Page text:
If you are interested in blogging or want to promote your book, please contact E. B. Davis at writerswhokill@gmail.com.

January Interviews
1/1 Sherry Harris, Sell Low, Sweet Harriet
1/8 Barbara Ross, Sealed Off
1/15 Libby Klein, Theater Nights Are Murder
1/22 Carol Pouliot, Doorway To Murder
1/29 Julia Buckley, Death with A Dark Red Rose

Saturday Guest Bloggers:
1/4 Lisa Lieberman
1/11 Karen McCarthy
1/18 Trey Baker

WWK Bloggers: 1/25 Kait Carson, 1/30 E. B. Davis


Congratulations to our writers for the following publications:

Don't miss Shari Randall's "The Queen of Christmas" available on at Amazon. Shari's holiday story for WWK was too long so she published it for our enjoyment. It's available for 99 cents or on Kindle Unlimited for free!

KM Rockwood's "The Society" and "To Die A Free Man; the Story of Joseph Bowers" are included in the BOULD Awards Anthology, which was released on November 19. KM won second place with a cash prize for "The Society." Congratulations, KM! Kaye George's "Meeting on the Funicular" is also in this anthology, which can be bought for 99 cents on Kindle until November 30.

Paula Gail Benson's story "Wisest, Swiftest, Kindest" appears in Love in the Lowcountry an anthology by the Lowcountry Romance Writers available 11/5 in e-book and print format on Amazon. The anthology includes fourteen stories all based in Charleston, South Carolina.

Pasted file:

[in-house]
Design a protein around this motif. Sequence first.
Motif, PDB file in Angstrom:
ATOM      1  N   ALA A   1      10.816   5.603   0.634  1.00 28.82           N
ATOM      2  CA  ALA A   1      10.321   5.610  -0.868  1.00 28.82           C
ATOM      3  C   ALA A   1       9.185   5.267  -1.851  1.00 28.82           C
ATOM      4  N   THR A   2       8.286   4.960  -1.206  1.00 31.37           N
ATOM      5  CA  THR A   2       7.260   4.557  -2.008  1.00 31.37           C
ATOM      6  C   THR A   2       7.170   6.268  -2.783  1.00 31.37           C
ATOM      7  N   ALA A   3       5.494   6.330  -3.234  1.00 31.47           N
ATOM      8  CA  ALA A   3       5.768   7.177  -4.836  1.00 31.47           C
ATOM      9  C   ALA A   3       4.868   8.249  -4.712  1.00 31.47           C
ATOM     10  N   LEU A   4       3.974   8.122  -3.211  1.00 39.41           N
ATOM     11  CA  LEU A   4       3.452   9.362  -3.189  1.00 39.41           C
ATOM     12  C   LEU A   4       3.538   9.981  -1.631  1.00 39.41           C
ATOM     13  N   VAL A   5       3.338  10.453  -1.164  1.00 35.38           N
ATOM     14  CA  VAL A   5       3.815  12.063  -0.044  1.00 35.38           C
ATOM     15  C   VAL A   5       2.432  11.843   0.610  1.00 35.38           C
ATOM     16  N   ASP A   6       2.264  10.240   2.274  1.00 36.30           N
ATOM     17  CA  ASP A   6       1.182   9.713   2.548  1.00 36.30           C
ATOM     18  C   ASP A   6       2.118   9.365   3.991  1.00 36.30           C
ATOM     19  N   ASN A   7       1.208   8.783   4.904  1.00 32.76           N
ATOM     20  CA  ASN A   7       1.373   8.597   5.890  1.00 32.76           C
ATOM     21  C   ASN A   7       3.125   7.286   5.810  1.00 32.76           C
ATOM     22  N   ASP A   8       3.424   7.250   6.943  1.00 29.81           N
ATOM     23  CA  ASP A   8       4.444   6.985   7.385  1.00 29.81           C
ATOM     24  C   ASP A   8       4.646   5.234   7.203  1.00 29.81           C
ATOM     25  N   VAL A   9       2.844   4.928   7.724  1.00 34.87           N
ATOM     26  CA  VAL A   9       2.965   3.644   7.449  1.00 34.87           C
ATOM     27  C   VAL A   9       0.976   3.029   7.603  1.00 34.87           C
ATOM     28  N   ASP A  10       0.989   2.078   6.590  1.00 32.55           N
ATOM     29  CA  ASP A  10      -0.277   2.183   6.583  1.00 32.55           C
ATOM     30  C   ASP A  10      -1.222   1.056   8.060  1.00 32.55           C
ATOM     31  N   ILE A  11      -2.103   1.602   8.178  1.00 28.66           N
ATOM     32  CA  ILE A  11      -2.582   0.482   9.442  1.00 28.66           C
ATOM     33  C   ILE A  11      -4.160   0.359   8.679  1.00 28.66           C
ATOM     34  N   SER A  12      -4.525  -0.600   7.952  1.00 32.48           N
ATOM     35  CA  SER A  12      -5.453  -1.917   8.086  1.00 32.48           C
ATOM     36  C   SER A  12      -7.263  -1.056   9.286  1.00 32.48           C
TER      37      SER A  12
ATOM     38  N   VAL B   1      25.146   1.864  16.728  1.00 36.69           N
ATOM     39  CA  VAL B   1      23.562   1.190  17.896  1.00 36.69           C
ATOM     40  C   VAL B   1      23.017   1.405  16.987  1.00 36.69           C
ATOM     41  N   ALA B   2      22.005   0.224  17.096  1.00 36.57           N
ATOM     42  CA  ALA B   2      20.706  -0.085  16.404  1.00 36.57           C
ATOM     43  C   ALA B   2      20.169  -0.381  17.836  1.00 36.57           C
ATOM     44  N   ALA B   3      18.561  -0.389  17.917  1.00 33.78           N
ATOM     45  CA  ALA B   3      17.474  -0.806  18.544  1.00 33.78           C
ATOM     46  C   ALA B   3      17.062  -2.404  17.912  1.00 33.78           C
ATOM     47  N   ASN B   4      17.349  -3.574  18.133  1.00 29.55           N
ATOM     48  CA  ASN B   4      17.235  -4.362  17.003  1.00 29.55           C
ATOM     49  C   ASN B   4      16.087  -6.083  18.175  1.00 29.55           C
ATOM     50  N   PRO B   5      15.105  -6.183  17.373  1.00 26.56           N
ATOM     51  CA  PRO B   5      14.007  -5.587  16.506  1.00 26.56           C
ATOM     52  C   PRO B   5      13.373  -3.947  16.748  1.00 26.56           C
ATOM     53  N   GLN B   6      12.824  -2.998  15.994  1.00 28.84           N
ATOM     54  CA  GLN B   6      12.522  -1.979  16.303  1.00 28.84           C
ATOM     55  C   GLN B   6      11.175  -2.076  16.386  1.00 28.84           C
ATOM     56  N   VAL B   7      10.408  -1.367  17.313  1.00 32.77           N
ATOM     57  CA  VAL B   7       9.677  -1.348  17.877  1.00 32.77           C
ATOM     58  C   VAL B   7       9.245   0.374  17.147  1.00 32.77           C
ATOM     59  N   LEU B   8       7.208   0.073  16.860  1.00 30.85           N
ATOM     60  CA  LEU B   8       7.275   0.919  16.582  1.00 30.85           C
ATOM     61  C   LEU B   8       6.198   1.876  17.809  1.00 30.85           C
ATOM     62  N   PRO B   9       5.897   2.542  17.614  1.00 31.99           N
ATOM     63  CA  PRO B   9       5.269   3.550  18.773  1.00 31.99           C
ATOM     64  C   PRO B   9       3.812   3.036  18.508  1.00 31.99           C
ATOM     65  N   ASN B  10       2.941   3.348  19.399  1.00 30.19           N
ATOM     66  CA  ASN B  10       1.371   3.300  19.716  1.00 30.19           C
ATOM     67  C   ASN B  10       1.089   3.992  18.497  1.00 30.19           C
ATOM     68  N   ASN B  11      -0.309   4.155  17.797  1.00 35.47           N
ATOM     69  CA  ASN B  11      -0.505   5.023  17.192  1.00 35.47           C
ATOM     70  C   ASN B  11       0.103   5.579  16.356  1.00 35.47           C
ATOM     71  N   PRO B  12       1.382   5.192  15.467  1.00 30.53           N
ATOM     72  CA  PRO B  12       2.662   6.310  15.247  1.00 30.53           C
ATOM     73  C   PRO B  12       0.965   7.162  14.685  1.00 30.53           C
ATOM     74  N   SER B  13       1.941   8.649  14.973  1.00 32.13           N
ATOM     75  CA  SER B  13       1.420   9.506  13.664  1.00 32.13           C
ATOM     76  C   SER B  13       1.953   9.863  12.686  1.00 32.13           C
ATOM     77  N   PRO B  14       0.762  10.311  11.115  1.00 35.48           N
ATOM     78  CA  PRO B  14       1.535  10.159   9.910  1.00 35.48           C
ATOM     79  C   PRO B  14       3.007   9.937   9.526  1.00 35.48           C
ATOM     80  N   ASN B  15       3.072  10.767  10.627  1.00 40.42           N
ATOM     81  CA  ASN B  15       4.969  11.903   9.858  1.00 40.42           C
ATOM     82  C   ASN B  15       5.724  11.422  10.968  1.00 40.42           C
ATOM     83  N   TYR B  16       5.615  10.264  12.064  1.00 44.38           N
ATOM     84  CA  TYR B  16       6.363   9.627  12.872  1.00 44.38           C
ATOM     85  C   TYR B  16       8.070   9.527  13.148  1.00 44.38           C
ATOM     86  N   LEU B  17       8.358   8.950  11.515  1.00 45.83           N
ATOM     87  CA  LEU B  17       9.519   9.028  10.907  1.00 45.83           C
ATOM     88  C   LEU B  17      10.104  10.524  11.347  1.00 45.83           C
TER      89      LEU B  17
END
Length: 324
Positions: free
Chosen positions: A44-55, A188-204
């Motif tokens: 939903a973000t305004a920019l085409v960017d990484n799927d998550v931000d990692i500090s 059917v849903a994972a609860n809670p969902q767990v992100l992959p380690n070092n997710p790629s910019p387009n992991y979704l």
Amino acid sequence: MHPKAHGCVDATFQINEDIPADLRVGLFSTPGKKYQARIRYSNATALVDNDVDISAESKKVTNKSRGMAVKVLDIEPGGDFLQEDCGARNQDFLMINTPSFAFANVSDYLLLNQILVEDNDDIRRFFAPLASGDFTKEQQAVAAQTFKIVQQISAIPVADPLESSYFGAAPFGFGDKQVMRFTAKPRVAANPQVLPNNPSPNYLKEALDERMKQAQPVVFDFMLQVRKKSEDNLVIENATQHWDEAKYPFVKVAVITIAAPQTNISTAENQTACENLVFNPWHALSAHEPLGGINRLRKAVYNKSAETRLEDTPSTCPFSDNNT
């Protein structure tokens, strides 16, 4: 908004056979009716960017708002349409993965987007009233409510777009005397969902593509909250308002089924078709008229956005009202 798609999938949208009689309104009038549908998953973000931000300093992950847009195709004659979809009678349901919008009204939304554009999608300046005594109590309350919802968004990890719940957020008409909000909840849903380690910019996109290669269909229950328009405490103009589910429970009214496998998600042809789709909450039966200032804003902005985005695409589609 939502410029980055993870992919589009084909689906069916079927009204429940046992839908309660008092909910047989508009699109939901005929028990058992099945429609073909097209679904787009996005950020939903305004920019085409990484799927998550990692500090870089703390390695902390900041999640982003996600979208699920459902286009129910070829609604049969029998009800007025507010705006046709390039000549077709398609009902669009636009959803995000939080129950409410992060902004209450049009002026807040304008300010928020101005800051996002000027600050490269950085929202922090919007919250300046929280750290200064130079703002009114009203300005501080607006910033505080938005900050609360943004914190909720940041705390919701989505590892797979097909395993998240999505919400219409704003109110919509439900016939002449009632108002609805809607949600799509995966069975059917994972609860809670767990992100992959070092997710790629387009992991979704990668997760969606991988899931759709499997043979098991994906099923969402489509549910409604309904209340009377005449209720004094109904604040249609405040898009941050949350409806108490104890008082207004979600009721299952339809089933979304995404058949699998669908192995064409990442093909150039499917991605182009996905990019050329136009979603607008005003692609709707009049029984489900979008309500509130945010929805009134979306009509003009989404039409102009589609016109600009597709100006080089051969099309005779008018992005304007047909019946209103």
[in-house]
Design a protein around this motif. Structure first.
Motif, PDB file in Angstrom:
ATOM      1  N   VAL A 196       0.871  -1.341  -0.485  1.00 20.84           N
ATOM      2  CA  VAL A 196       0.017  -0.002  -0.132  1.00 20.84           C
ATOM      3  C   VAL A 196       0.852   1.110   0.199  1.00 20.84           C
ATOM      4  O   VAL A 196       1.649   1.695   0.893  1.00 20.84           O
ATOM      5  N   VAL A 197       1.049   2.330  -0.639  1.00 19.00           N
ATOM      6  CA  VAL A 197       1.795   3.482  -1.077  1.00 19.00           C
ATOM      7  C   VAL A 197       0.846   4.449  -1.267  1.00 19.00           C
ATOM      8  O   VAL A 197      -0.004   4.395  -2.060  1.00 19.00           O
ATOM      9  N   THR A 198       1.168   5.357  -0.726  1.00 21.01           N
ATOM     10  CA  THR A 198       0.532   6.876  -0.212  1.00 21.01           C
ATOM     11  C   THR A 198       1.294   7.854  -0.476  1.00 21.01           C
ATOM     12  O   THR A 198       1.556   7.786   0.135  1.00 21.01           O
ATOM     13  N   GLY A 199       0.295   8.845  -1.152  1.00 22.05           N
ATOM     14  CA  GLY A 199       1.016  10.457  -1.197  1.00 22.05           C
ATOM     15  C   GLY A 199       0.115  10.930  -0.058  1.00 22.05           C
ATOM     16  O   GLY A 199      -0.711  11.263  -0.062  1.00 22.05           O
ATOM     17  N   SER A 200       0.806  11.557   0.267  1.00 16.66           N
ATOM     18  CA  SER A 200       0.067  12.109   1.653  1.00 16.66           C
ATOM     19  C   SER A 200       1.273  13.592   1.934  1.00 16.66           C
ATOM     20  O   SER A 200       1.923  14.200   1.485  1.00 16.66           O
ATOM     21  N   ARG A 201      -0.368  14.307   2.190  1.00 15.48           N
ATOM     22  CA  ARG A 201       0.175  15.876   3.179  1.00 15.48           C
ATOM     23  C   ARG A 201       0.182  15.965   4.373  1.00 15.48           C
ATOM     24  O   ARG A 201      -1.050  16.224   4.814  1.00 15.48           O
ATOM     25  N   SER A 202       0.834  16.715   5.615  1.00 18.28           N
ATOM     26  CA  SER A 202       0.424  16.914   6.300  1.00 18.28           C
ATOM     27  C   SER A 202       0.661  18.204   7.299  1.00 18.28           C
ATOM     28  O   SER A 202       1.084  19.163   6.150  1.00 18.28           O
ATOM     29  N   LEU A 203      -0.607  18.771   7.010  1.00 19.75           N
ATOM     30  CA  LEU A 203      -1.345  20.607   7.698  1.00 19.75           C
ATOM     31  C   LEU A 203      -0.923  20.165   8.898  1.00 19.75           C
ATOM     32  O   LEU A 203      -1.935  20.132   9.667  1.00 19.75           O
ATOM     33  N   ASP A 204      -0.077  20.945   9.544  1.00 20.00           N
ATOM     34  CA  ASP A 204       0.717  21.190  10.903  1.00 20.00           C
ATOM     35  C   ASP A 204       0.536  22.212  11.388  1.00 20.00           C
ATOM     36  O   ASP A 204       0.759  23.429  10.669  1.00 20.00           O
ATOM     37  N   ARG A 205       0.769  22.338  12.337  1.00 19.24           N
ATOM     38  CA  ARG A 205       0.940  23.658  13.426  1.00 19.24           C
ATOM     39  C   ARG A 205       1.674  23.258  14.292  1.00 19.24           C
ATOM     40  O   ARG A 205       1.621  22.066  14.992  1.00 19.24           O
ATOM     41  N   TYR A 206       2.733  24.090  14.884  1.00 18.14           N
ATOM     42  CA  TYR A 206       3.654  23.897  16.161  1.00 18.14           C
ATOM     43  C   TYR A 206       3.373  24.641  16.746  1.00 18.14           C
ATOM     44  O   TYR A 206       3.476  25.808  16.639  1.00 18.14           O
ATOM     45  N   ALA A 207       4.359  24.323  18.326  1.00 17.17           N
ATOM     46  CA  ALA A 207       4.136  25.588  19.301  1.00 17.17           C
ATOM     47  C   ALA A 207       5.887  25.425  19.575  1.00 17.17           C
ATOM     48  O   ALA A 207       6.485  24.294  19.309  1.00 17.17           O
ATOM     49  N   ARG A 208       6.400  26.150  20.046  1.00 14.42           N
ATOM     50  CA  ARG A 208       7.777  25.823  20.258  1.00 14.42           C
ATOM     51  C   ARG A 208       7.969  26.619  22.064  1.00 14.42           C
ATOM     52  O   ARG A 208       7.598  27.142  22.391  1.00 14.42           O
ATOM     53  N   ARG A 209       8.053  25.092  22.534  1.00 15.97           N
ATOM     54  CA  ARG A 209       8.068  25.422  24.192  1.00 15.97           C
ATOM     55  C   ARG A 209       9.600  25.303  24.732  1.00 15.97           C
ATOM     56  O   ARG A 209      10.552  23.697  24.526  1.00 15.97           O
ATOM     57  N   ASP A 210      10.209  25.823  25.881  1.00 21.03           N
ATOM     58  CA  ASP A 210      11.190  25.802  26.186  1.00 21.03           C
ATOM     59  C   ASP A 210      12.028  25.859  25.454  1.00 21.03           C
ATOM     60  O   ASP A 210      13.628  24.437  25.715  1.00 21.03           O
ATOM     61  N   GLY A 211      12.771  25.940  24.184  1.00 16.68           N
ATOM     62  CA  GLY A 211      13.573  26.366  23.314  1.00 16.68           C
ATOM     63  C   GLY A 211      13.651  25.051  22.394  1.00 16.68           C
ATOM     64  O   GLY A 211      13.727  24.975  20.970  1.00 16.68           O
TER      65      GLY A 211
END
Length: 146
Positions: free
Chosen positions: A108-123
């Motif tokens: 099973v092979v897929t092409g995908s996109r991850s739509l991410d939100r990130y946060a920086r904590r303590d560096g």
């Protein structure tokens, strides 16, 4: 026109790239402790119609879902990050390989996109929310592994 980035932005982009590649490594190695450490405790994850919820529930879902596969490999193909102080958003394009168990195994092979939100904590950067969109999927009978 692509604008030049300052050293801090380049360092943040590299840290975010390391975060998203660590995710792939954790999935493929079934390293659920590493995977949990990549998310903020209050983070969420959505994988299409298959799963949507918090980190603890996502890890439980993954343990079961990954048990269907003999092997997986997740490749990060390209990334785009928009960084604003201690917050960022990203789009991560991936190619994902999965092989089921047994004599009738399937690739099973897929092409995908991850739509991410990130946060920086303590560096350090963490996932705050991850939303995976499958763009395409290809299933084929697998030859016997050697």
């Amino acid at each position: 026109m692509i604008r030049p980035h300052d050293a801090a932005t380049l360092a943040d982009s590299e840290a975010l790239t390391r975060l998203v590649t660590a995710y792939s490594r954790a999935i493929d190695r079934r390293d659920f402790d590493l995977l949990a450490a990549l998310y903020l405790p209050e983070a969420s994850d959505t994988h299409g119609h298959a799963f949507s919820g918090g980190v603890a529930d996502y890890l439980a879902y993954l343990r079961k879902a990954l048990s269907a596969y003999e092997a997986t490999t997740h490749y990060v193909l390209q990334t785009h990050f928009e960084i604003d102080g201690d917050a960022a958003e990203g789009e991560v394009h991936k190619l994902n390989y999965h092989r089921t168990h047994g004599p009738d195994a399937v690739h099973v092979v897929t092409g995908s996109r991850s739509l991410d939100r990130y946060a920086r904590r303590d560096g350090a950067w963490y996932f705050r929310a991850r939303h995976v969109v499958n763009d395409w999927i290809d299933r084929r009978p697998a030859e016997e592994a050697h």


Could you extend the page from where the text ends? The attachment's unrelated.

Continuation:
Kaye George's "Grist for the Mill" was published in A Murder of Crows anthology, edited by Sandra Murphy on October 9th.

Lyrical Press will publish Kaye George's Vintage Sweets mystery series. The first book, Revenge Is Sweet, will be released in March. Look for the interview here on 3/11.

Shari Randall will be writing again for St. Martin's, perhaps under a pseudonym. We look forward to reading Shari's Ice Cream Shop Mystery series debuting next year. Congratulations, Shari!

Susan Van Kirk's A Death At Tippett Pond was released on June 15th. Read E. B. Davis's interview with Susan.

Warren Bull's Abraham Lincoln: Seldom Told Stories was released. It is available at: GoRead: https://www.goread.com/book/abraham-lincoln-seldom-told-stories or at Amazon: https://tinyurl.com/ydaklx8p

Grace Topping's mystery, Staging is Murder was released April 30. It is now also available in audio.


Saturday, October 13, 2018